New Volunteer Corps Aims At Conserving Wildlife Habitat
GAINESVILLE—The people in University of Florida conservationist Will Sheftall’s class have one thing in common: They want to be good neighbors.
Not just to the Joneses next door or the Smiths across the street, but to the animals in their own back yards.
Sheftall is teaching a new program developed at UF’s Institute of Food and Agricultural Sciences aimed at training volunteers to be master wildlife conservationists.
The program is modeled on UF’s successful master gardener program. UF provides the training and the participants then serve as a community resource, helping others with questions about fostering wildlife habitat.
To the students in Sheftall’s class, being a good citizen means more than voting and recycling and such. It means making sure furry friends — and scaly ones — are not pushed out by urban growth and development.
“We’ve had master gardener volunteers for years, and 4-H volunteers and now we’ll have conservation volunteers,” said Sheftall, an agent in Leon County’s Cooperative Extension Office, a part of UF. “These citizens are interested in helping others in their community understand how they can manage their own property and neighborhoods for wildlife, and at the same time for good water quality and diversity of plant life, which make up good wildlife habitat.”
The graduates of the inaugural class earlier this year were commissioned to be educators in their communities. Their new duties include doing consultations and presentations to neighborhood associations and civic groups and sharing with others how they can help manage property for wildlife and for good water quality for aquatic animals.
Sheftall said the interest in conservation is a natural.
“People seem to have a natural interest in providing a home for animals as animals are displaced by urban growth,” he said. “And as communities grow, there seems to be an overwhelming interest on the part of residents to maintain wildlife habitat in the form of greenbelts, corridors and regional parks.”
But conservation is not limited to large parcels of land. In the suburban landscape, the volunteers are willing to go lot by lot to help each homeowner develop a yard that would woo wildlife. At times, a volunteer might do a demonstration with one yard to show that a site will still look good when it’s wildlife habitat. That, in turn, recruits neighbors who are interested in wildlife, Sheftall said.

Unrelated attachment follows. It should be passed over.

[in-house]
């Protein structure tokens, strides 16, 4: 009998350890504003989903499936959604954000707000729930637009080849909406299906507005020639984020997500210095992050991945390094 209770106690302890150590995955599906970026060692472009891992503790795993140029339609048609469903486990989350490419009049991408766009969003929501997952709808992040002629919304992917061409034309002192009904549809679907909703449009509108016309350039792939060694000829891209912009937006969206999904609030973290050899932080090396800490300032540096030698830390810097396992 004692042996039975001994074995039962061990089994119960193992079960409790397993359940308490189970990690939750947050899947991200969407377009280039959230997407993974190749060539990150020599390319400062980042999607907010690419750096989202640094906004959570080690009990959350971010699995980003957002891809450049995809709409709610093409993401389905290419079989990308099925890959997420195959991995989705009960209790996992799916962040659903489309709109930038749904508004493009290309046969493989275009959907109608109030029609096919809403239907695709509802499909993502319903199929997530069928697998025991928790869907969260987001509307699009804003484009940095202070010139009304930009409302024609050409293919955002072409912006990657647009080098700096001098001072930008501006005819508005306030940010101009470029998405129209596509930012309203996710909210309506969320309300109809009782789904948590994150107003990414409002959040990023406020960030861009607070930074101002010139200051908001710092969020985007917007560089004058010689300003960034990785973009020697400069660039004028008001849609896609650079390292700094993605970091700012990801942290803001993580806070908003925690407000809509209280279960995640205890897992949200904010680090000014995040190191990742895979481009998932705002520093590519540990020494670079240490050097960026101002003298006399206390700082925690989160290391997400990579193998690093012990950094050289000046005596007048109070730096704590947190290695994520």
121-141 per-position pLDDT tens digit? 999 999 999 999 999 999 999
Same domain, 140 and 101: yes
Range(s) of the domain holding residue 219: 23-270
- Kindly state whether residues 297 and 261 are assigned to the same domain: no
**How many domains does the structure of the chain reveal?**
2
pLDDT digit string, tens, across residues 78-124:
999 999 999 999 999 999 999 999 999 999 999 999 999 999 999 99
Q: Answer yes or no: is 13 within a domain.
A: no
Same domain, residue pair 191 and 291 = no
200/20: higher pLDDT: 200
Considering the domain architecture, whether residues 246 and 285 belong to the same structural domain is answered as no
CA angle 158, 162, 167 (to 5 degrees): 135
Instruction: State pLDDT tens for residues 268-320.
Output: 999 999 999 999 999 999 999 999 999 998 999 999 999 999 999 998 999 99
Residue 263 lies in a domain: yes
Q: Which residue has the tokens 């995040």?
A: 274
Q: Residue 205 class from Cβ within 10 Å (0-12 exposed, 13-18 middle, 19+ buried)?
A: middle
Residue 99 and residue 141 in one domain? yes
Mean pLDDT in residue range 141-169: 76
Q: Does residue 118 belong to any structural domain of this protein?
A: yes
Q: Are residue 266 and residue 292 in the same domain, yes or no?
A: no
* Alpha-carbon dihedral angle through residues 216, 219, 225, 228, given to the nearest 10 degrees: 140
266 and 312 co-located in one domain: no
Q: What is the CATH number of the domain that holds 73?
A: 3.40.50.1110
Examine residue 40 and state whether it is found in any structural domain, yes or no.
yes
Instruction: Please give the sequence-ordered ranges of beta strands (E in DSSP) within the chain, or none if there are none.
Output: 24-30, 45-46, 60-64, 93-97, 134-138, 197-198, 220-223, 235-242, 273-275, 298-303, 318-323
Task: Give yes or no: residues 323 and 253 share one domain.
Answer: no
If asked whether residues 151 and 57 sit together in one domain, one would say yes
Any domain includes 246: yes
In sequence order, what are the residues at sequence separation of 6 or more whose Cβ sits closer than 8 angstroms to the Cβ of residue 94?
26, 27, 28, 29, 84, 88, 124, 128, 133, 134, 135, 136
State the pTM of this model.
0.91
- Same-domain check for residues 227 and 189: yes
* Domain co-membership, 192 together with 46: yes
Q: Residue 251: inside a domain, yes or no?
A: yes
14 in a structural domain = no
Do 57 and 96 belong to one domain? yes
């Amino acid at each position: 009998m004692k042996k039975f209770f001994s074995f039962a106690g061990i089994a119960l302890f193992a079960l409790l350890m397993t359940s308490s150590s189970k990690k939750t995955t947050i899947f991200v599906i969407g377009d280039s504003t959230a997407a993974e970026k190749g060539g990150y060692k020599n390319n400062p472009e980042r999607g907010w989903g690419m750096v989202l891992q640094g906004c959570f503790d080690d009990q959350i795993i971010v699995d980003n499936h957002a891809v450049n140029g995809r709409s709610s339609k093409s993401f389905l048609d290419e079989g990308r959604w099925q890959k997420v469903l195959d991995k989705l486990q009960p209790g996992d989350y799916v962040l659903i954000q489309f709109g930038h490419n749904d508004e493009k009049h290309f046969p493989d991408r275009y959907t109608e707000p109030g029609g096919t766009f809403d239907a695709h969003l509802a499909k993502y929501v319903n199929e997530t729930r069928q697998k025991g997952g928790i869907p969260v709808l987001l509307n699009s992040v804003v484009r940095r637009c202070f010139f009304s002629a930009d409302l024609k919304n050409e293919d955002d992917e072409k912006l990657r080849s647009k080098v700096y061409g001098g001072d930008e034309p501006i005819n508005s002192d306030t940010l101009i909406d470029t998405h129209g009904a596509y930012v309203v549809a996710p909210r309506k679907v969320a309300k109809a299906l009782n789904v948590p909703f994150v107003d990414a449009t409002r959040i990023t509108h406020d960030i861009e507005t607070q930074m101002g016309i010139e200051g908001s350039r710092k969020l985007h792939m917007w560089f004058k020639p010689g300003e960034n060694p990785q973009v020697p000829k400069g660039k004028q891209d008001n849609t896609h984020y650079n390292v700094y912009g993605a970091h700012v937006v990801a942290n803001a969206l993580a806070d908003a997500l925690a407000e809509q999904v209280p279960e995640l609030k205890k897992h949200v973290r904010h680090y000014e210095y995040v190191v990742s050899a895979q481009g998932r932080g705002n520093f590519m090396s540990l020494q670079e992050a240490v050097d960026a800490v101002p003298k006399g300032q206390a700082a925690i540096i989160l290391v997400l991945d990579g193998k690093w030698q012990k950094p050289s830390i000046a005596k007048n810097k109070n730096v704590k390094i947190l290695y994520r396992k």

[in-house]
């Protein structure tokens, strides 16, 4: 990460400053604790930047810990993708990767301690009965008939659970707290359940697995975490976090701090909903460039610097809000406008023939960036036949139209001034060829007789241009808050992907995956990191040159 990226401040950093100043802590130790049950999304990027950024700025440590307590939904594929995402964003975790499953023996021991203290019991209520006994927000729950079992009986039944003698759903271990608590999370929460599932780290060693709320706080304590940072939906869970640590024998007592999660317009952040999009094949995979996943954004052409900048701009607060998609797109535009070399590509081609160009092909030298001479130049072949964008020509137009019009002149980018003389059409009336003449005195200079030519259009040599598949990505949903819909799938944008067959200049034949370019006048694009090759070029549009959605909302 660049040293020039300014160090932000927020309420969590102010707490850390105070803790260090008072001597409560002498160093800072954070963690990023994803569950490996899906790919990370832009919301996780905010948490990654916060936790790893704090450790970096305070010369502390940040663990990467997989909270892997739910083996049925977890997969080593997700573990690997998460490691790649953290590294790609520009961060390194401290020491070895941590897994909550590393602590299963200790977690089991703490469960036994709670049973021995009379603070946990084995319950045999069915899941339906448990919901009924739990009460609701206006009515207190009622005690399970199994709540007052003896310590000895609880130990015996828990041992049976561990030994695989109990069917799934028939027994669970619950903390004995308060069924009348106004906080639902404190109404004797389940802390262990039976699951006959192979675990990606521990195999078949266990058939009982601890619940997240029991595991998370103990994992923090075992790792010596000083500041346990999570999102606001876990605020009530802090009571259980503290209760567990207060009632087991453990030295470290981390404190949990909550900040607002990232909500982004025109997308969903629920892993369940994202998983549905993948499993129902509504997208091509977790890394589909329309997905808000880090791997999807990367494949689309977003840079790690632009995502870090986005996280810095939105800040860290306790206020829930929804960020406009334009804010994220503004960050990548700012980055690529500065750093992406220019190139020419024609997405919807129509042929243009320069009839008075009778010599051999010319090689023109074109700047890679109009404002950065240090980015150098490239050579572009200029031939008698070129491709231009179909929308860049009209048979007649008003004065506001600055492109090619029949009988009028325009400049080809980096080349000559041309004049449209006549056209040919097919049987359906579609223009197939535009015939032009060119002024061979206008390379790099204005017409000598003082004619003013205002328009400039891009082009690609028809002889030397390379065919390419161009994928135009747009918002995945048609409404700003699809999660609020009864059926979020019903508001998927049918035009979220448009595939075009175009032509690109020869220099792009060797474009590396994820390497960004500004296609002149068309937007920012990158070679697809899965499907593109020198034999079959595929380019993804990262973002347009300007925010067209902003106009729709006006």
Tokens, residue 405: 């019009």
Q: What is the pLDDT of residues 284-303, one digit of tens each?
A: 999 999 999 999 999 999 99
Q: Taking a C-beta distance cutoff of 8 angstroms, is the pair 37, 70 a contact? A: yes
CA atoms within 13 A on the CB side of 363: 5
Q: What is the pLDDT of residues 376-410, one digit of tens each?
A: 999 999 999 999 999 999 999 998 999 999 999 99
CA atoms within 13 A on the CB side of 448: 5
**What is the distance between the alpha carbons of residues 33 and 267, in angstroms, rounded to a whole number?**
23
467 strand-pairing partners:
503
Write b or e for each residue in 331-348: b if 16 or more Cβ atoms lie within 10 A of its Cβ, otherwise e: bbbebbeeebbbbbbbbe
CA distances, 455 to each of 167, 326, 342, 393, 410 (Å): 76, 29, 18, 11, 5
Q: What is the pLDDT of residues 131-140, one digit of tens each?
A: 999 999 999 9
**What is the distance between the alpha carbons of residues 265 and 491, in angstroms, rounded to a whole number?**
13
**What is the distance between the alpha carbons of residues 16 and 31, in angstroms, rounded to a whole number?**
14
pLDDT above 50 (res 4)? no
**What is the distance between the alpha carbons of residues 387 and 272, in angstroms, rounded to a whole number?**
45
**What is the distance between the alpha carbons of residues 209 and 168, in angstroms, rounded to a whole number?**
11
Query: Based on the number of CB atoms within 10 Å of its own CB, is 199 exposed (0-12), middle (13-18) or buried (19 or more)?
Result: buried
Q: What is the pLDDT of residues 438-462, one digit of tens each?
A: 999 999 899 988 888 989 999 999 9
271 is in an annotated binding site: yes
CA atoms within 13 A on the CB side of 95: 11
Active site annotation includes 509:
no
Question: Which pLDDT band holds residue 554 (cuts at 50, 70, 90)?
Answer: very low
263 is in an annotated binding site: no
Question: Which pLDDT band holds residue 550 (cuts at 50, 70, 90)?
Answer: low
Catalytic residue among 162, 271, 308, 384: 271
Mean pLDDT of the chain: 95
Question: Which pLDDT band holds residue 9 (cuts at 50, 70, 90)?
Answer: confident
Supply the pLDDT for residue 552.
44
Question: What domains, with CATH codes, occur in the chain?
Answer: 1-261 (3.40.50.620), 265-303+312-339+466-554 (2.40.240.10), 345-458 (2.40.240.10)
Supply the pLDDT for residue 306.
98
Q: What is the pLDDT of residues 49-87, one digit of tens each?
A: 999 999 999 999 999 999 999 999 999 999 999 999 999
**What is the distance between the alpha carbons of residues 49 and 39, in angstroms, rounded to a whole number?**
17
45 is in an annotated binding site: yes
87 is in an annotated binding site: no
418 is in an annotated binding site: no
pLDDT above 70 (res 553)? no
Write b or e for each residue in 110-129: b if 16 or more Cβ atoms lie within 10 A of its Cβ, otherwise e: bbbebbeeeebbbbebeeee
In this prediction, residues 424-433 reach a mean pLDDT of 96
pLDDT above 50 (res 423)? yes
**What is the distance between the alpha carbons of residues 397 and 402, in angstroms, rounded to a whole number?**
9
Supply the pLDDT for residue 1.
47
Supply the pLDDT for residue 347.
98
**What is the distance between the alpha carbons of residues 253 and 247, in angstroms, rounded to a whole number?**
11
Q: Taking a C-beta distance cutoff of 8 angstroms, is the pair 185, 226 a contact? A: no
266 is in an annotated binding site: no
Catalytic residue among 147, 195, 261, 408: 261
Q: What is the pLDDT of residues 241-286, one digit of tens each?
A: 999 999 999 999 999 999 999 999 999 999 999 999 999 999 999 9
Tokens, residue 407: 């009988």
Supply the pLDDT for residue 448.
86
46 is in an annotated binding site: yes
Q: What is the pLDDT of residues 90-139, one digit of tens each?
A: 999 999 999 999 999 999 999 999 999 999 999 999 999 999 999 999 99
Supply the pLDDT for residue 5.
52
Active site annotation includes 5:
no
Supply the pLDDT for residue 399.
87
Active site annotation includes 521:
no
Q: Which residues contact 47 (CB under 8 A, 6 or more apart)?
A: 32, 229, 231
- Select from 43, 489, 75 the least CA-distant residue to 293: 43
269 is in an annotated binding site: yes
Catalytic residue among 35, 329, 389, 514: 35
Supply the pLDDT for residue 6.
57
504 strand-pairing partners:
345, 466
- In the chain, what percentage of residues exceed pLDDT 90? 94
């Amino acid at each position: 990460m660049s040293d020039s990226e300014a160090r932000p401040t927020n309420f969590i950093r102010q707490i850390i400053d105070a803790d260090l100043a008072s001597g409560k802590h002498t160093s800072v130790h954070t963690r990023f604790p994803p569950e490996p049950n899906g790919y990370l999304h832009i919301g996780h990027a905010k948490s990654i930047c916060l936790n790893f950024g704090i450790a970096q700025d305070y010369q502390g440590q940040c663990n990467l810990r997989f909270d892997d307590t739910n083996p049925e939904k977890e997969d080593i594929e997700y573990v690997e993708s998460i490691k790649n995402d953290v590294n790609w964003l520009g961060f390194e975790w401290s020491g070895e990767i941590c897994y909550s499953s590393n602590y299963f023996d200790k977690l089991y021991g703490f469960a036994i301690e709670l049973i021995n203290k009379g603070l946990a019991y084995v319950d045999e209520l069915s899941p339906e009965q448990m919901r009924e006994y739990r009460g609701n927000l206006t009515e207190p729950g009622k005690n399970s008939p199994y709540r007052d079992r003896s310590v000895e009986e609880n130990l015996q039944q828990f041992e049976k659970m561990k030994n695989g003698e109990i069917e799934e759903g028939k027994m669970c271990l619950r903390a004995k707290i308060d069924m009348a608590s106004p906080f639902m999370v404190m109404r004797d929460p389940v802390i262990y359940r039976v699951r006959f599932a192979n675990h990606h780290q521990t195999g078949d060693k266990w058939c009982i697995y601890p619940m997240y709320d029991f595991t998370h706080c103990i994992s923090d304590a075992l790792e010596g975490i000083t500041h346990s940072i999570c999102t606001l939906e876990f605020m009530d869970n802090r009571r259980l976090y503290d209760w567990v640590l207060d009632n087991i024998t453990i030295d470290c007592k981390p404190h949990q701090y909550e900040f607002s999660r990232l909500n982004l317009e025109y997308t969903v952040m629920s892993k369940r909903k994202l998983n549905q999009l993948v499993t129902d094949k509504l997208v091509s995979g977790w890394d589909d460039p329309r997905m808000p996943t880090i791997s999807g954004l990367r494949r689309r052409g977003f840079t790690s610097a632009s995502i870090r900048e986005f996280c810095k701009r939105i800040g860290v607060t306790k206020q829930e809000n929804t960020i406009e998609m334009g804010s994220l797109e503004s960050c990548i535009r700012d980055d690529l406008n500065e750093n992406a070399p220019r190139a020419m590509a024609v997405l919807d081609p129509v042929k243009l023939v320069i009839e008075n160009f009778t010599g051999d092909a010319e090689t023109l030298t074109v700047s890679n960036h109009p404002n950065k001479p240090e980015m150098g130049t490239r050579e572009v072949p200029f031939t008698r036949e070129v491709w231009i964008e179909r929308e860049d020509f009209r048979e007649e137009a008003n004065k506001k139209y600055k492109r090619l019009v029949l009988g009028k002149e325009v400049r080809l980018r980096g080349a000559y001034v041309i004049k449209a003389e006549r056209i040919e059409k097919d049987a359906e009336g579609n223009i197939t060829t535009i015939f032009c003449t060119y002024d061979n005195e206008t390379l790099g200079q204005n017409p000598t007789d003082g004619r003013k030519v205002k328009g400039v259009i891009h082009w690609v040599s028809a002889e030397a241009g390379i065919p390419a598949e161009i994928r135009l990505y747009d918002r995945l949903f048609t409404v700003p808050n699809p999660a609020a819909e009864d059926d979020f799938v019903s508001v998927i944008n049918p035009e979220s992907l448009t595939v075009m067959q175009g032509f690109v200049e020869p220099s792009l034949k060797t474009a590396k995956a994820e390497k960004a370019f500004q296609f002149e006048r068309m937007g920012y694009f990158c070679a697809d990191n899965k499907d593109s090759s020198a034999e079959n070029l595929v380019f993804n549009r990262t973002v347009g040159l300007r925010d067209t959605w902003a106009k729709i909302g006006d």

“We have to understand that other things are important to a homeowner, too, not just wildlife,” Sheftall said. “But conservation won’t negatively affect those other priorities. You can still have turf for kids to play ball, children’s play areas, gardens and ornamental landscaping.
“It’s reassuring for a property owner to talk to someone who’s realistic. We do consider the goals of the landowner and the potential of the site itself. We wouldn’t recommend plants that wouldn’t naturally do well on a site. We work with the site, not against it.”
Sheftall’s inaugural class of 52 graduates from Florida’s Panhandle now is entering another phase of the program: learning how to mentor the conservation recruits that will come after it. The group has been divided into teams, and once those teams are operating well, another class of volunteers will be brought in for the 12-week course. Interest has been so strong that the next class, like the first, likely will have to turn people away.
Sheftall said he wants the graduates to get a few successes under their belts and become veteran educators before they are expected to mentor the novice conservationists. As representatives of UF, he said, they had to meet stringent requirements and even pass a certification exam.
“One of the things extension does is help people with technical information about how to accomplish their goals,” Sheftall said. “So communities that want better wildlife habitat in their urbanizing portions can look to extension, and eventually to these volunteers, as sources of information.”
Dawn Lachter, a UF zoology graduate who lives in Tallahassee, said she applied for acceptance into the conservationist program because of a strong interest in animals.
“We don’t all have inherent knowledge, so it’s good to have people you can go to to identify animals that are part of the community and part of the ecosystem,” Lachter said. “It’s important to be able to conserve the land, keep the animals there and understand how everything is related.”
Class member Elaine Burnett, who signed up through the Wakulla County extension office, agrees.
“If each person realizes that their own yard is a little habitat in itself, and if they can manage that habitat to the best of its ability, then that will help everybody else around them,” Burnett said. “Maybe they can help their neighbors learn how to do it, and if we all start managing for wildlife just a little bit, it will save us in the long run.”